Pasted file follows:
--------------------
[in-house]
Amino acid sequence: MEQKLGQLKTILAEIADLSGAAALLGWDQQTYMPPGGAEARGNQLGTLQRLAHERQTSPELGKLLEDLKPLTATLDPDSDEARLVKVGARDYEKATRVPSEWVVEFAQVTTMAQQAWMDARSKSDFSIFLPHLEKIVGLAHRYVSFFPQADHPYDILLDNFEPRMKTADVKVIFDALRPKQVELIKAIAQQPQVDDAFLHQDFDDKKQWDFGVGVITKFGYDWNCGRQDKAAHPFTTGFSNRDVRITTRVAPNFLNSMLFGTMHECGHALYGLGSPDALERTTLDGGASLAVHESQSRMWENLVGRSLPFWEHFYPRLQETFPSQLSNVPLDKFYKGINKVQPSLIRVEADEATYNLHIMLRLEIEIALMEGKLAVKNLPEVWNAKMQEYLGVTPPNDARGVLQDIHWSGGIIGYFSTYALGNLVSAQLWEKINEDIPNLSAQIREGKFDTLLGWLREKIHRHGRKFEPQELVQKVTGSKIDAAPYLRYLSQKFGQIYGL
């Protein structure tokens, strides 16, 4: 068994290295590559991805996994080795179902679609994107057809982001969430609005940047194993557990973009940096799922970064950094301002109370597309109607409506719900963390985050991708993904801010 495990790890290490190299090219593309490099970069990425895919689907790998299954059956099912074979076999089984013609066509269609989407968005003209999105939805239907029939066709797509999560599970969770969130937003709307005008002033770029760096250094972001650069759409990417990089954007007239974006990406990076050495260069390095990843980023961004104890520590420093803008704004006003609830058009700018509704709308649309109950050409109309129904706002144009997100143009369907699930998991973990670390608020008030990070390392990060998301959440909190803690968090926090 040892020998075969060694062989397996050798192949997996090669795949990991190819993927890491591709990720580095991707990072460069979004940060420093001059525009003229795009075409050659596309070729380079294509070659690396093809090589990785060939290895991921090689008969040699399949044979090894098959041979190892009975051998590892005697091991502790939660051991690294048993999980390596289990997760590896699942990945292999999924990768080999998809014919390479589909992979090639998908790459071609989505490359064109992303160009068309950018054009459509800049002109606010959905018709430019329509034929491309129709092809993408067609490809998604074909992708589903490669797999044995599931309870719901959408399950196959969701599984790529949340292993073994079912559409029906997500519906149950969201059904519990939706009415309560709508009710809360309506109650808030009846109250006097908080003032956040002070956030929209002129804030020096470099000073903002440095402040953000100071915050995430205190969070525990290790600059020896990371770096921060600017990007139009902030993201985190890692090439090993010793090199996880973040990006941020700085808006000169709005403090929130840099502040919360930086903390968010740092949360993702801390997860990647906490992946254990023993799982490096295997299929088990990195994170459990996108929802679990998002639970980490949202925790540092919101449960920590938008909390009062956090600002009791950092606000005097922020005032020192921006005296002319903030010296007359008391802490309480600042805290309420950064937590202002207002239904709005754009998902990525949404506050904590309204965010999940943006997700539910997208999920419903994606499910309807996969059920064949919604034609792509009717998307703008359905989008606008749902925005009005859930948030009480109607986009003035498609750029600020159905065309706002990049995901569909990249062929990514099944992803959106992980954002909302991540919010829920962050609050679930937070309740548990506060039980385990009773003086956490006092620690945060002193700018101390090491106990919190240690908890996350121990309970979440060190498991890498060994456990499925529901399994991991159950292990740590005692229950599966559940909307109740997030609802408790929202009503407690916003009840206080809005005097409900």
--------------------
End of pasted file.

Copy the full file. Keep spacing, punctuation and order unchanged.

[in-house]
Amino acid sequence: MEQKLGQLKTILAEIADLSGAAALLGWDQQTYMPPGGAEARGNQLGTLQRLAHERQTSPELGKLLEDLKPLTATLDPDSDEARLVKVGARDYEKATRVPSEWVVEFAQVTTMAQQAWMDARSKSDFSIFLPHLEKIVGLAHRYVSFFPQADHPYDILLDNFEPRMKTADVKVIFDALRPKQVELIKAIAQQPQVDDAFLHQDFDDKKQWDFGVGVITKFGYDWNCGRQDKAAHPFTTGFSNRDVRITTRVAPNFLNSMLFGTMHECGHALYGLGSPDALERTTLDGGASLAVHESQSRMWENLVGRSLPFWEHFYPRLQETFPSQLSNVPLDKFYKGINKVQPSLIRVEADEATYNLHIMLRLEIEIALMEGKLAVKNLPEVWNAKMQEYLGVTPPNDARGVLQDIHWSGGIIGYFSTYALGNLVSAQLWEKINEDIPNLSAQIREGKFDTLLGWLREKIHRHGRKFEPQELVQKVTGSKIDAAPYLRYLSQKFGQIYGL
């Protein structure tokens, strides 16, 4: 068994290295590559991805996994080795179902679609994107057809982001969430609005940047194993557990973009940096799922970064950094301002109370597309109607409506719900963390985050991708993904801010 495990790890290490190299090219593309490099970069990425895919689907790998299954059956099912074979076999089984013609066509269609989407968005003209999105939805239907029939066709797509999560599970969770969130937003709307005008002033770029760096250094972001650069759409990417990089954007007239974006990406990076050495260069390095990843980023961004104890520590420093803008704004006003609830058009700018509704709308649309109950050409109309129904706002144009997100143009369907699930998991973990670390608020008030990070390392990060998301959440909190803690968090926090 040892020998075969060694062989397996050798192949997996090669795949990991190819993927890491591709990720580095991707990072460069979004940060420093001059525009003229795009075409050659596309070729380079294509070659690396093809090589990785060939290895991921090689008969040699399949044979090894098959041979190892009975051998590892005697091991502790939660051991690294048993999980390596289990997760590896699942990945292999999924990768080999998809014919390479589909992979090639998908790459071609989505490359064109992303160009068309950018054009459509800049002109606010959905018709430019329509034929491309129709092809993408067609490809998604074909992708589903490669797999044995599931309870719901959408399950196959969701599984790529949340292993073994079912559409029906997500519906149950969201059904519990939706009415309560709508009710809360309506109650808030009846109250006097908080003032956040002070956030929209002129804030020096470099000073903002440095402040953000100071915050995430205190969070525990290790600059020896990371770096921060600017990007139009902030993201985190890692090439090993010793090199996880973040990006941020700085808006000169709005403090929130840099502040919360930086903390968010740092949360993702801390997860990647906490992946254990023993799982490096295997299929088990990195994170459990996108929802679990998002639970980490949202925790540092919101449960920590938008909390009062956090600002009791950092606000005097922020005032020192921006005296002319903030010296007359008391802490309480600042805290309420950064937590202002207002239904709005754009998902990525949404506050904590309204965010999940943006997700539910997208999920419903994606499910309807996969059920064949919604034609792509009717998307703008359905989008606008749902925005009005859930948030009480109607986009003035498609750029600020159905065309706002990049995901569909990249062929990514099944992803959106992980954002909302991540919010829920962050609050679930937070309740548990506060039980385990009773003086956490006092620690945060002193700018101390090491106990919190240690908890996350121990309970979440060190498991890498060994456990499925529901399994991991159950292990740590005692229950599966559940909307109740997030609802408790929202009503407690916003009840206080809005005097409900």